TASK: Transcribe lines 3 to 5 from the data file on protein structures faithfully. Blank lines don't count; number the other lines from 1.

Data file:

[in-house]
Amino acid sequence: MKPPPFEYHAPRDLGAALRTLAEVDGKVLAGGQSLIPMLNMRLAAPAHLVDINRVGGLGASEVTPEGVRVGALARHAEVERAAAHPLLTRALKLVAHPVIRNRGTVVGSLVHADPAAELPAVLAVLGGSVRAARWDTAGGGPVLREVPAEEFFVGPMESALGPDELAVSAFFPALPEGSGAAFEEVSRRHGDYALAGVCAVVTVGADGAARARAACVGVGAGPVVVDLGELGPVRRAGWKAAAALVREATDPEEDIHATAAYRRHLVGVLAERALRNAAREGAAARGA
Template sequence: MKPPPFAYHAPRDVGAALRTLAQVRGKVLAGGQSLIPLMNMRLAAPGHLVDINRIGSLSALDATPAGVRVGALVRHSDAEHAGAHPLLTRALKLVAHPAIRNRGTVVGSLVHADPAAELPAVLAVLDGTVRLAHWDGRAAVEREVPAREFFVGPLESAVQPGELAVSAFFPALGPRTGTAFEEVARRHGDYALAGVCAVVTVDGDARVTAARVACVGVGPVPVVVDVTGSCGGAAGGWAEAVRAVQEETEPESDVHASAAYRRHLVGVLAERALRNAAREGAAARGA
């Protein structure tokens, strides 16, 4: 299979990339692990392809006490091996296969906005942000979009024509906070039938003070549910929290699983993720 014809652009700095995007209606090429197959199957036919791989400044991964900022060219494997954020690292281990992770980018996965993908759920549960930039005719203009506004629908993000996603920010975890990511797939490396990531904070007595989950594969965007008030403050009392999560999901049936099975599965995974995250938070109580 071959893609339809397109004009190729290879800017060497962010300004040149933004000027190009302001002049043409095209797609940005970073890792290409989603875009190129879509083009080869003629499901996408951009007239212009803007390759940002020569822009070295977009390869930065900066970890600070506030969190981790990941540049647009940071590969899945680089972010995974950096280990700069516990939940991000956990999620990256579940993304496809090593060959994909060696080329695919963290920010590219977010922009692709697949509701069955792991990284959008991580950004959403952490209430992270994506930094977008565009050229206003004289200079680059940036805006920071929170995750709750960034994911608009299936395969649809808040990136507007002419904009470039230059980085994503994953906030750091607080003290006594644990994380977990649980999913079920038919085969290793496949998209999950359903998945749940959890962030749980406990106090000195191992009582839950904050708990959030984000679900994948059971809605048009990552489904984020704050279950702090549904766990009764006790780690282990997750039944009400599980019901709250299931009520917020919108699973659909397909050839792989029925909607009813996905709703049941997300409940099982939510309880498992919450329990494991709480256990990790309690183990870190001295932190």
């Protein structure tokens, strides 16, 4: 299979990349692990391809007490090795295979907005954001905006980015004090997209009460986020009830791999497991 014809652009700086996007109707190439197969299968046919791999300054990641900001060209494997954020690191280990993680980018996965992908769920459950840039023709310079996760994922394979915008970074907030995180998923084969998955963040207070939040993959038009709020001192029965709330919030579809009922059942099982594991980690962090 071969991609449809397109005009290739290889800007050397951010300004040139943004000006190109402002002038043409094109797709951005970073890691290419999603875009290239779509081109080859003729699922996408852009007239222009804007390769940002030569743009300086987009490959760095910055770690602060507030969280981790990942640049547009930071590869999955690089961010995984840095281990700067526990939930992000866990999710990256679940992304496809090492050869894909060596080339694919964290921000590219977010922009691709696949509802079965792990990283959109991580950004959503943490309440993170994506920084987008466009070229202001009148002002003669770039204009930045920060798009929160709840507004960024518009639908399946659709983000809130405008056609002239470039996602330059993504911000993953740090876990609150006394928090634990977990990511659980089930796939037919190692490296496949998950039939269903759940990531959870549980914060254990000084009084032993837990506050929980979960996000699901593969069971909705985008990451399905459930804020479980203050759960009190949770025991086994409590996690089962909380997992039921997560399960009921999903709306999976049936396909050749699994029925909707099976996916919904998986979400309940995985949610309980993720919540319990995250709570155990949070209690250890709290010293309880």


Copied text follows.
Template sequence: MKPPPFAYHAPRDVGAALRTLAQVRGKVLAGGQSLIPLMNMRLAAPGHLVDINRIGSLSALDATPAGVRVGALVRHSDAEHAGAHPLLTRALKLVAHPAIRNRGTVVGSLVHADPAAELPAVLAVLDGTVRLAHWDGRAAVEREVPAREFFVGPLESAVQPGELAVSAFFPALGPRTGTAFEEVARRHGDYALAGVCAVVTVDGDARVTAARVACVGVGPVPVVVDVTGSCGGAAGGWAEAVRAVQEETEPESDVHASAAYRRHLVGVLAERALRNAAREGAAARGA
């Protein structure tokens, strides 16, 4: 299979990339692990392809006490091996296969906005942000979009024509906070039938003070549910929290699983993720 014809652009700095995007209606090429197959199957036919791989400044991964900022060219494997954020690292281990992770980018996965993908759920549960930039005719203009506004629908993000996603920010975890990511797939490396990531904070007595989950594969965007008030403050009392999560999901049936099975599965995974995250938070109580 071959893609339809397109004009190729290879800017060497962010300004040149933004000027190009302001002049043409095209797609940005970073890792290409989603875009190129879509083009080869003629499901996408951009007239212009803007390759940002020569822009070295977009390869930065900066970890600070506030969190981790990941540049647009940071590969899945680089972010995974950096280990700069516990939940991000956990999620990256579940993304496809090593060959994909060696080329695919963290920010590219977010922009692709697949509701069955792991990284959008991580950004959403952490209430992270994506930094977008565009050229206003004289200079680059940036805006920071929170995750709750960034994911608009299936395969649809808040990136507007002419904009470039230059980085994503994953906030750091607080003290006594644990994380977990649980999913079920038919085969290793496949998209999950359903998945749940959890962030749980406990106090000195191992009582839950904050708990959030984000679900994948059971809605048009990552489904984020704050279950702090549904766990009764006790780690282990997750039944009400599980019901709250299931009520917020919108699973659909397909050839792989029925909607009813996905709703049941997300409940099982939510309880498992919450329990494991709480256990990790309690183990870190001295932190």
């Protein structure tokens, strides 16, 4: 299979990349692990391809007490090795295979907005954001905006980015004090997209009460986020009830791999497991 014809652009700086996007109707190439197969299968046919791999300054990641900001060209494997954020690191280990993680980018996965992908769920459950840039023709310079996760994922394979915008970074907030995180998923084969998955963040207070939040993959038009709020001192029965709330919030579809009922059942099982594991980690962090 071969991609449809397109005009290739290889800007050397951010300004040139943004000006190109402002002038043409094109797709951005970073890691290419999603875009290239779509081109080859003729699922996408852009007239222009804007390769940002030569743009300086987009490959760095910055770690602060507030969280981790990942640049547009930071590869999955690089961010995984840095281990700067526990939930992000866990999710990256679940992304496809090492050869894909060596080339694919964290921000590219977010922009691709696949509802079965792990990283959109991580950004959503943490309440993170994506920084987008466009070229202001009148002002003669770039204009930045920060798009929160709840507004960024518009639908399946659709983000809130405008056609002239470039996602330059993504911000993953740090876990609150006394928090634990977990990511659980089930796939037919190692490296496949998950039939269903759940990531959870549980914060254990000084009084032993837990506050929980979960996000699901593969069971909705985008990451399905459930804020479980203050759960009190949770025991086994409590996690089962909380997992039921997560399960009921999903709306999976049936396909050749699994029925909707099976996916919904998986979400309940995985949610309980993720919540319990995250709570155990949070209690250890709290010293309880």